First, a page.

In addition to the wonderfully festive meals on any occasion, Marguerite is taking reservations for her now-legendary Thanksgiving feasts. To work off the calories there is tennis, fishing, golf, hiking and horseback riding nearby at the Wintergreen complex, and skiing and ice skating in the winter. Overnight lodging is available in 11 farmhouses and more facilities are available at the Wintergreen mountain site.
Dining is low-key and laid-back here, to say the least. On each table, covered by a red and white checkered tablecloth, is a pitcher of homemade iced tea. Upon being seated by Marguerite's son-in-law, Cameron Clark, the Rodes Farm Inn mood is immediately thrust upon you.
The iced tea pitcher is filled without charge, and there is also a large plastic bucket of ice cubes (with tongs) on the table. During the meal, someone always rushes out to ask "Y'all having a good time?" The bill is scribbled on a index card, for want of something else to use.
"Anytime I can serve something fresh from my garden, that's where it comes from, honey," says Marguerite. "My husband, Jack, raises the vegetables, and my daughter, Millie, helps Cameron wait the tables."
Marguerite got into this business in the early 1970s when developers of Wintergreen came into the valley. "I would see these nice folks out in the stores buying snacks for lunch," she recalls, "and I decided to welcome them to our valley. I fixed them a large lunch but I never thought it would lead to this. I was a school bus driver for 8 years and when they asked me to open the inn I was so surprised!"
Another of Marguerite's (she hates being called "Mrs. Wade") dreams-come-true was the recent publication of her own cookbook ($6).
"Have a nice trip, darlin'," she said as I left, waving and throwing kisses from the front porch.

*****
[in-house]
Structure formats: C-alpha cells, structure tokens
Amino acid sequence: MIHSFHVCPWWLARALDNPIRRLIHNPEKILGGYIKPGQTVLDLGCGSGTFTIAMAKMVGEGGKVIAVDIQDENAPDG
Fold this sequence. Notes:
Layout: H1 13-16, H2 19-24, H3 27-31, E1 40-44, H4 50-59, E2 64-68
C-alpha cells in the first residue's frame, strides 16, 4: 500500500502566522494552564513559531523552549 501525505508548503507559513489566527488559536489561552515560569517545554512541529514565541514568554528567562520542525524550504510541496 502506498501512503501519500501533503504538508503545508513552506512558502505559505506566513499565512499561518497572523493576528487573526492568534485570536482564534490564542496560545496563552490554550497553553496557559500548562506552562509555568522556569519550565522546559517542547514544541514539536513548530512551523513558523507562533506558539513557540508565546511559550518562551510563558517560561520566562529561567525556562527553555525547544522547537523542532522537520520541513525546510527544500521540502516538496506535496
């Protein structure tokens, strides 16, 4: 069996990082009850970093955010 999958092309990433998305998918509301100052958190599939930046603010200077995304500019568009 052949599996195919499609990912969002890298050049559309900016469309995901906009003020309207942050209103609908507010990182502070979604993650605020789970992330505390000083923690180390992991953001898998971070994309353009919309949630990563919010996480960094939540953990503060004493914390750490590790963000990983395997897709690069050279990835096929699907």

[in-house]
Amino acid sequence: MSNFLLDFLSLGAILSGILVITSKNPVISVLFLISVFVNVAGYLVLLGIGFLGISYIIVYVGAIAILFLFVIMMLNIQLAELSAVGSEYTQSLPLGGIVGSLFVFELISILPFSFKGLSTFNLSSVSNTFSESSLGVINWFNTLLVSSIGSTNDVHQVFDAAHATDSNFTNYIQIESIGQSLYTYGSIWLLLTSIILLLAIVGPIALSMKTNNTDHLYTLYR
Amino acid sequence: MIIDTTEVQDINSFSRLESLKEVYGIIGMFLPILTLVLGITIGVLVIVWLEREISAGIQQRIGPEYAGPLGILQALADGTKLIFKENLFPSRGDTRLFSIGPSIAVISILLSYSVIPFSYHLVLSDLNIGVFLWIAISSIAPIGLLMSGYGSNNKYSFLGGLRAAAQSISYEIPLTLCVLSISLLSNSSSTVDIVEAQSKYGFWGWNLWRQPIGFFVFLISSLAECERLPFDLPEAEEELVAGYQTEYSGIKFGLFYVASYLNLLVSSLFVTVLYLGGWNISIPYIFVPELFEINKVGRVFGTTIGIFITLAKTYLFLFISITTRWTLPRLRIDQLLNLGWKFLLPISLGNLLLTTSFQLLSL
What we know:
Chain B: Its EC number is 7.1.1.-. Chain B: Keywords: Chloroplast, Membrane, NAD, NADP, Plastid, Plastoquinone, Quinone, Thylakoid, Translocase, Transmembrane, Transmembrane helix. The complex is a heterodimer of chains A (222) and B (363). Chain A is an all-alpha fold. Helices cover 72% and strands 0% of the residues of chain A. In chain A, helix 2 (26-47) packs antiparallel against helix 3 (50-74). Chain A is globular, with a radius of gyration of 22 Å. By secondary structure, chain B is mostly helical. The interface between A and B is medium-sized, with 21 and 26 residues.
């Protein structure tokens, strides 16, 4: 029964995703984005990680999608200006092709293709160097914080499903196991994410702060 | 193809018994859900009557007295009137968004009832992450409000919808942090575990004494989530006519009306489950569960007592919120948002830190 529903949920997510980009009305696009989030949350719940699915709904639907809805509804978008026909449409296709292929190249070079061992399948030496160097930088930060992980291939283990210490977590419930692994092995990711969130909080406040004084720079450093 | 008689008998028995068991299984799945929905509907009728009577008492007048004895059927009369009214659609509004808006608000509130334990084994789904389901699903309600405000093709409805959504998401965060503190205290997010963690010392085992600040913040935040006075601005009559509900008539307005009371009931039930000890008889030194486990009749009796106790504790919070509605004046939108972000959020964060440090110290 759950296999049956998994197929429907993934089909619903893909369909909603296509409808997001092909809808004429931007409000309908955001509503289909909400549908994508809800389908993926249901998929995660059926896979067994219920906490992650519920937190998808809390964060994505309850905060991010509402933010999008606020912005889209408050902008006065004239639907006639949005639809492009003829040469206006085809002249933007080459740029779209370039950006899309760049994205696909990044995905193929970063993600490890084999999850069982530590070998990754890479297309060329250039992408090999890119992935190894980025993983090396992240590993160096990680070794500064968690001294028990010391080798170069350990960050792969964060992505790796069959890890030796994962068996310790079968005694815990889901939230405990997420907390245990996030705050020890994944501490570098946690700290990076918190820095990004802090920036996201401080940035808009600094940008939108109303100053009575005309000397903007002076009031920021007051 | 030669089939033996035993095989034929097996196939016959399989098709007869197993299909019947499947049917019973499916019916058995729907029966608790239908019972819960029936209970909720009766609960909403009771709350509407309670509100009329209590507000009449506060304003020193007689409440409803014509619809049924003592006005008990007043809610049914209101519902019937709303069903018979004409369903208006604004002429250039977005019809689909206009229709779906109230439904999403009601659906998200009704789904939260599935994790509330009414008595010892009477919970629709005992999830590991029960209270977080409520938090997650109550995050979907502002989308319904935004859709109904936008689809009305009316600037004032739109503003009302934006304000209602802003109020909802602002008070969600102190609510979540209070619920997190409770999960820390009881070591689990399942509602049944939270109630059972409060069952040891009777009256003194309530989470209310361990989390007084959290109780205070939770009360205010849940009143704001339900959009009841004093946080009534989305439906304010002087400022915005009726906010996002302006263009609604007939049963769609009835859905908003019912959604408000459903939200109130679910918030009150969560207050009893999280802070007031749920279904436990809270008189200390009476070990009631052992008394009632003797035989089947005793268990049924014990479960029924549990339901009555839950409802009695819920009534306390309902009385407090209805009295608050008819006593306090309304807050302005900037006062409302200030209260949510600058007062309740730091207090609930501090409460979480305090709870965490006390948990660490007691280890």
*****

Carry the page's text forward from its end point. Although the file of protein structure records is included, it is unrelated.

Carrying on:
DIRECTIONS: From Charlottesville, continue south on Rt. 29 to Rt 64 West, to Rt. 250 West, and to Rt. 151 South for 10 miles until you see the sign on the right. The phone is 804 -- 361-2200, ext. 813. RODES FARM BISCUITS 3 cups self-rising flour 1 cup buttermilk 3 tablespoons shortening
Mix flour and shortening together until the shortening is mixed in flour. Pour the buttermilk in and mix the dough until it has a smooth texture. Roll biscuits out to 1/4 inch thick and cut biscuits. Bake in preheated 500 degree oven for 10 minutes or less. MEAT LOAF (6 to 8 (servings) 1 1/2 pounds ground beef 1/2 teaspoon salt 1/3 teaspoon pepper 1 teaspoon celery seeds 1 teaspoon Worcestershire sauce 1 cup tomato sauce 1 teaspoon baking powder 2 eggs, well beaten 1 medium onion, chopped fine 1 small green pepper, diced 1 cup corn meal 1 to 2 cups catsup
Place ground beef in a large mixing bowl. Mix together salt, pepper, celery seed, Worcestershire sauce, tomato sauce and baking powder, then pour the mixture over the ground meat.Mix all thoroughly, then add beaten eggs and continue mixing.
Next add onions, green peppers and corn meal and mix well. Pack mixture firmly into a well greased pan. Add catsup when mixing or pour on top of packed mixture before baking. Bake at 350 degrees for 1 hour and 15 minutes more. RODES FARM FRIED CHICKEN 1 chicken (cut up in pieces) Mix: 2 cups flour 1 teaspoon salt 1 teaspoon paprika 1/2 teaspoon pepper 1/2 teaspoon dry mustard 1/2 cup shortening 1/2 cup melted butter
Mix together and roll the chicken pieces in the mixture. Have the pan hot with 1/2 cup shortening and 1/2 cup butter melted in it. Let brown on both sides for 10 minutes, depending on size chicken.